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Bryan ISD approves $4.56 million deficit budget, sets $1.1396 tax rate

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The Bryan school board unanimously approved a deficit budget of $4.56 million and a tax rate of $1.1396 per $100 valuation to support the budget.

The tax rate includes the maintenance and operations rate and the interest and sinking, or debt service, rate. Revenue from each rate can be used only for its specific purpose — either district operations or payment of debt from bonds.

According to a presentation from Assistant Superintendent of Business Services Kevin Beesaw, the debt service rate did not change from last year; however, the general fund rate decreased by almost 9 cents from last year. The approved $1.1396 rate also represents a 21-cent decrease since the 2016-2017 budget year, he said.

The approved budget includes a total expected revenue of $200,438,602 and anticipated expenditures of $205,001,602.

The deficit budget is created by the district’s general fund revenue and expenditures. The district’s debt service and food service budgets, which are part of the overall budget, are both balanced with revenue and expenditures equaling $0.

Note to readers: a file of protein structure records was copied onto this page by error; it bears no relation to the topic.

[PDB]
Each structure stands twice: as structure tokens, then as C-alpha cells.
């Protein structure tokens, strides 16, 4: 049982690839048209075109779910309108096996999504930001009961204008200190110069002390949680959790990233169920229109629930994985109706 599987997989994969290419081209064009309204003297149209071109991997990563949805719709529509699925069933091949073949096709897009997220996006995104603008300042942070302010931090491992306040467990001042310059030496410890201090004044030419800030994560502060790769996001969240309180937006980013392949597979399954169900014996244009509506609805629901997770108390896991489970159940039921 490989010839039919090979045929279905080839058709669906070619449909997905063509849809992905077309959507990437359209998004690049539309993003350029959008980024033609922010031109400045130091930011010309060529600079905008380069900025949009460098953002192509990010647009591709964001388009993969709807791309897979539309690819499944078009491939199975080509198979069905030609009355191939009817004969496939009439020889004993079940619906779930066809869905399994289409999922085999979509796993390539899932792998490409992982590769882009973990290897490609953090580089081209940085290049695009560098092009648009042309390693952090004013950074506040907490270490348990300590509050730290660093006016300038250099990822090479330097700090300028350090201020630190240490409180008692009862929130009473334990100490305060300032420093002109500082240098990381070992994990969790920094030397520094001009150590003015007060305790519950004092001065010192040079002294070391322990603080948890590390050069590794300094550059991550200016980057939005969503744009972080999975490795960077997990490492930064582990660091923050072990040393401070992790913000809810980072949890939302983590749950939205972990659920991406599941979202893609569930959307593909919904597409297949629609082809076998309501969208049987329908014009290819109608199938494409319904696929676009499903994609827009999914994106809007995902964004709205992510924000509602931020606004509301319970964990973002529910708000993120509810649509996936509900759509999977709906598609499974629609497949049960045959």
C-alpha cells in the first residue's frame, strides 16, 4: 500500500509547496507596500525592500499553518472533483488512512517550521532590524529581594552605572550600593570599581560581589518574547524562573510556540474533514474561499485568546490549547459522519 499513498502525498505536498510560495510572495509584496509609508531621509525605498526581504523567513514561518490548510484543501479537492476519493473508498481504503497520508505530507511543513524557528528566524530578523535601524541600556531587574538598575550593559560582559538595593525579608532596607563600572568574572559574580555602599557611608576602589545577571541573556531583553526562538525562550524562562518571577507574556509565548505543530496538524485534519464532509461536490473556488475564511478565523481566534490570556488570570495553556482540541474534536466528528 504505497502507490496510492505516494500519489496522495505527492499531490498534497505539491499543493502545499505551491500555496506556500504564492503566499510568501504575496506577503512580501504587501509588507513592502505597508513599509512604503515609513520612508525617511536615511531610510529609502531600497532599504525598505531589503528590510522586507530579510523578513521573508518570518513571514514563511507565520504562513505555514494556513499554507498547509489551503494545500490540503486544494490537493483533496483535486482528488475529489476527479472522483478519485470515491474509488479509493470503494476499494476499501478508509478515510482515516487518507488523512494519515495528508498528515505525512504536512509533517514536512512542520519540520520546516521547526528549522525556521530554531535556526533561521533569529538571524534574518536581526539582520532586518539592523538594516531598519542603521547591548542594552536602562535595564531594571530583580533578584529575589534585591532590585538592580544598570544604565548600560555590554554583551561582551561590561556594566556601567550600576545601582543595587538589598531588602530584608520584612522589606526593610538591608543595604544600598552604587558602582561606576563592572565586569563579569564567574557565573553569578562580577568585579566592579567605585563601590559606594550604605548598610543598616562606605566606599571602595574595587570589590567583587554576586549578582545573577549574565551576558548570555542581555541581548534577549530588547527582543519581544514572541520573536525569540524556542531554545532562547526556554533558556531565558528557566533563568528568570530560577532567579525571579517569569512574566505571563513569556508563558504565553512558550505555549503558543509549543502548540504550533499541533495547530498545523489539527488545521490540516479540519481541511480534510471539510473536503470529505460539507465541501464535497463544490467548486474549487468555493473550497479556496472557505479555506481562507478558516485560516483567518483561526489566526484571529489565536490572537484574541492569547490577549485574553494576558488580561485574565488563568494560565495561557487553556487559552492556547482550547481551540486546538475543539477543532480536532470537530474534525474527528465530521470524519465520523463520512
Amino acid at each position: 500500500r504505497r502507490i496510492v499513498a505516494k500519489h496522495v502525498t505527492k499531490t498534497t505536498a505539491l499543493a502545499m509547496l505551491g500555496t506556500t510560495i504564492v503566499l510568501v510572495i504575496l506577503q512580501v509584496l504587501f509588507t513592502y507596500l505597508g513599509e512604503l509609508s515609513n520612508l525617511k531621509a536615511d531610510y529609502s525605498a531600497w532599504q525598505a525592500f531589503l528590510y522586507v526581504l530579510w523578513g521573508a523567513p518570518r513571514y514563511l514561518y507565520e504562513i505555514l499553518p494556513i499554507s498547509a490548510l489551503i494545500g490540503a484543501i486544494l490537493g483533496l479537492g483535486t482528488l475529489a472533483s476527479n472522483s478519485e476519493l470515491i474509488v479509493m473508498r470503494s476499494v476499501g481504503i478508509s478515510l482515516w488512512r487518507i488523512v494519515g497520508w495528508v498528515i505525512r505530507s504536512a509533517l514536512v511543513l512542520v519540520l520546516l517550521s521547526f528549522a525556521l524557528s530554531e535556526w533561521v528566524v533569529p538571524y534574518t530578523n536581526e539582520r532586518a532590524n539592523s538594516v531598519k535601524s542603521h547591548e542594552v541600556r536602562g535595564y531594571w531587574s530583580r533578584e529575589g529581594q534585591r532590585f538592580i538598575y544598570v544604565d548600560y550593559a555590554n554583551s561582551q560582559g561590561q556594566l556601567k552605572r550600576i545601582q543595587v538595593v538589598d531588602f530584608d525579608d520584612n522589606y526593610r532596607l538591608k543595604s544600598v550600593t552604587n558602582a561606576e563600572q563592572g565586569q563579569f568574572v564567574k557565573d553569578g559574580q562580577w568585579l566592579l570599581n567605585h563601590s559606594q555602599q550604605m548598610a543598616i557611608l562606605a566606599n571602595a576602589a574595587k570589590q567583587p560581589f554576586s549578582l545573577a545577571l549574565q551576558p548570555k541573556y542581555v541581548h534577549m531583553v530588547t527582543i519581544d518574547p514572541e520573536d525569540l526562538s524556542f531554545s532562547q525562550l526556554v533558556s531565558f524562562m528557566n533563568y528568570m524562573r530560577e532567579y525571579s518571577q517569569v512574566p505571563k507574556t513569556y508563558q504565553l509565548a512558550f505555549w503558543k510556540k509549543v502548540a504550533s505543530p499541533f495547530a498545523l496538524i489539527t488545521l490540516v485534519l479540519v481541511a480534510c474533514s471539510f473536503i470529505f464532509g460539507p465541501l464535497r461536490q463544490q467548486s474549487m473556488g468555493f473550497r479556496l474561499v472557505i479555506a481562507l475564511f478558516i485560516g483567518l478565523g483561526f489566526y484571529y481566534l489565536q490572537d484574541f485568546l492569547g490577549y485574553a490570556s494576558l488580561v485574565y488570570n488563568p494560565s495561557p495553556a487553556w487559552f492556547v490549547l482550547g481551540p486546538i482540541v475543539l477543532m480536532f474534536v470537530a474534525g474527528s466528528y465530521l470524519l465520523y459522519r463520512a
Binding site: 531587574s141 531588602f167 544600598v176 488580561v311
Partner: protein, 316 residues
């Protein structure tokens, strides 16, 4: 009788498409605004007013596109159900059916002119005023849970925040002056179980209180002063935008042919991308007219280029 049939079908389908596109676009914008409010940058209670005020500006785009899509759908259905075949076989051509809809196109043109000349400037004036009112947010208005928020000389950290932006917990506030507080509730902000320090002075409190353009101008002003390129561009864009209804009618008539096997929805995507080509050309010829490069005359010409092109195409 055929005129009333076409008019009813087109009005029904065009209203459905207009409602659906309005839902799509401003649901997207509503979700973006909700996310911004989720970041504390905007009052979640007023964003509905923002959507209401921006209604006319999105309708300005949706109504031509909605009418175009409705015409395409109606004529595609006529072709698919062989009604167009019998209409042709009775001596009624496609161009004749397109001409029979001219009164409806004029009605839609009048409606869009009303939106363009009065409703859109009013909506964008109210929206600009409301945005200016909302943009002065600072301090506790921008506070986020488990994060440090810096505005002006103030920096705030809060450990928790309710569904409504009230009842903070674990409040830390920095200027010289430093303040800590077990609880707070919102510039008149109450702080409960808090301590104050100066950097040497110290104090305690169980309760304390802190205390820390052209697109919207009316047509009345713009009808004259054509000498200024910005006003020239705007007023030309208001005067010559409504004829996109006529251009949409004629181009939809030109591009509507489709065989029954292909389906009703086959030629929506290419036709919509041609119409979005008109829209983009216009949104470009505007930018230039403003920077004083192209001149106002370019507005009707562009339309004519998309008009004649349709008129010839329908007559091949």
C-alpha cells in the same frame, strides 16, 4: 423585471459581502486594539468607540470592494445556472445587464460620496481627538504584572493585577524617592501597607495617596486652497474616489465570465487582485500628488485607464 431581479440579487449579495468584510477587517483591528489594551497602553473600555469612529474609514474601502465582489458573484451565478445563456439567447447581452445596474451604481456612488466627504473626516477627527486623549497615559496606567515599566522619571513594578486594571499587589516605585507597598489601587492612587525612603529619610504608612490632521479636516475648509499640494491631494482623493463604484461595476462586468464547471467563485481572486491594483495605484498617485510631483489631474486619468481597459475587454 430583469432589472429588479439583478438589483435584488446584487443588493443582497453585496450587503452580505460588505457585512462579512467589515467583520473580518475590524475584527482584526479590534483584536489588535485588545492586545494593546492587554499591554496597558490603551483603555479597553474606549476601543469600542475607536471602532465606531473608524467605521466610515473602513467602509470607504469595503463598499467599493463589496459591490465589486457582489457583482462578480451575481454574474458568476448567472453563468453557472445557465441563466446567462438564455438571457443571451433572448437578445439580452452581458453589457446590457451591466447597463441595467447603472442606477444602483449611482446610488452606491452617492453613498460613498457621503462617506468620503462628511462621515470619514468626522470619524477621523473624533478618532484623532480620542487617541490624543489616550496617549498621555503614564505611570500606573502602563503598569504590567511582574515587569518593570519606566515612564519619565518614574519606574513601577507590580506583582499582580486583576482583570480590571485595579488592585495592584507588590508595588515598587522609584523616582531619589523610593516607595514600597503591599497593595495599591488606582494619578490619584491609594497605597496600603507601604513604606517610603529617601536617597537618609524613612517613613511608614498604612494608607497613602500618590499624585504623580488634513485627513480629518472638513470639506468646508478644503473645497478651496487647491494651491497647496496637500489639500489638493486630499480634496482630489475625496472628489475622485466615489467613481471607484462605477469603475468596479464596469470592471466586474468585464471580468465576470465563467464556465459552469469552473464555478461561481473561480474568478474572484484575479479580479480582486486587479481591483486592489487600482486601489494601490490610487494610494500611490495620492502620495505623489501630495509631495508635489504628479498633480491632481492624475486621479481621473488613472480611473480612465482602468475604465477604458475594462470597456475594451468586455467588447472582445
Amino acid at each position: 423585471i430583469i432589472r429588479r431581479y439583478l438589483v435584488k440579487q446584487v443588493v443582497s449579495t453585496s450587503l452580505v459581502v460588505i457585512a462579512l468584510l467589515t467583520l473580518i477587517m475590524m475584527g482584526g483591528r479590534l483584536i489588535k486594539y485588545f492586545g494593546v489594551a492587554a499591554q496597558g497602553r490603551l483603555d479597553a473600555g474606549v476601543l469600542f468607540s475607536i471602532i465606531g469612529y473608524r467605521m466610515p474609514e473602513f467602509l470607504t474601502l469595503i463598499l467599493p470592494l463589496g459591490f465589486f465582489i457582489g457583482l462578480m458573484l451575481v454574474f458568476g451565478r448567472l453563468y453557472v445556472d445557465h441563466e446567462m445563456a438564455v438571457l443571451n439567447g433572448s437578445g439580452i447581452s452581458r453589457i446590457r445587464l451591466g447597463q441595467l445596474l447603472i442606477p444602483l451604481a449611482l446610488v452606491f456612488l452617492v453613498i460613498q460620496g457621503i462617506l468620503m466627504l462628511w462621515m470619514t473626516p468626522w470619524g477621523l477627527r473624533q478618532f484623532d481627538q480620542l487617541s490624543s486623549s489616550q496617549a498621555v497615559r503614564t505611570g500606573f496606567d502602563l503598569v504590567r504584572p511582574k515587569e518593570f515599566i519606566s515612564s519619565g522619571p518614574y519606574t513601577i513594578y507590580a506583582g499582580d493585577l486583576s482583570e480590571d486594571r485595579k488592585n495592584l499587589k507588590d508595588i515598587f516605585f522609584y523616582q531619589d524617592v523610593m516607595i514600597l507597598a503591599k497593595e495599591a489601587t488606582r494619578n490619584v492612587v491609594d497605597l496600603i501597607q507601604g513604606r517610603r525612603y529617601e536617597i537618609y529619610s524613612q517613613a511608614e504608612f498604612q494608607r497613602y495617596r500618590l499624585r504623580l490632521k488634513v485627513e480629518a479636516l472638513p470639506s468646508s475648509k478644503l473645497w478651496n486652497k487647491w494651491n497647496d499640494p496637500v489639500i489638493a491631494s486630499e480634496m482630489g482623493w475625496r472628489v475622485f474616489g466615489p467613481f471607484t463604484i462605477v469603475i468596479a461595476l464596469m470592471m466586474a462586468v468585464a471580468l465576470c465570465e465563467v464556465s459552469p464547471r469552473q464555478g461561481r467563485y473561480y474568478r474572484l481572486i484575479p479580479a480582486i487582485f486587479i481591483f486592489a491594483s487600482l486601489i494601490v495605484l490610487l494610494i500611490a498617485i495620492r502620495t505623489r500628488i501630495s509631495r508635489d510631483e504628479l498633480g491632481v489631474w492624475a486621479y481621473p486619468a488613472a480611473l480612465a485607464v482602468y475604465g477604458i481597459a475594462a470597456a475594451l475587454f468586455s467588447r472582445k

Beesaw showed the school board members that the district’s general fund revenue is $158,285,000, and the general fund expenditures is $162,848,000, creating the $4,563,000 deficit.

Beesaw said he does not like proposing a deficit budget; however, the budget uses conservative values. He said the district historically has been able to shrink the deficits throughout the year with increased attendance and finding other cost savings.

He said salary increases, higher insurance premiums, general inflation, recruitment and retention, federal funding and the COVID-19 pandemic are all factors in the district’s 2023 fiscal year budget.

Student enrollment and attendance and a 10% reduction in campus and department non-personnel budgets all will be factors in shrinking the deficit throughout the year.

When developing the budget, Beesaw said, nearly everything is based on estimates. The state, he said, sets a maximum tax rate for districts to use without calling for a tax ratification election.

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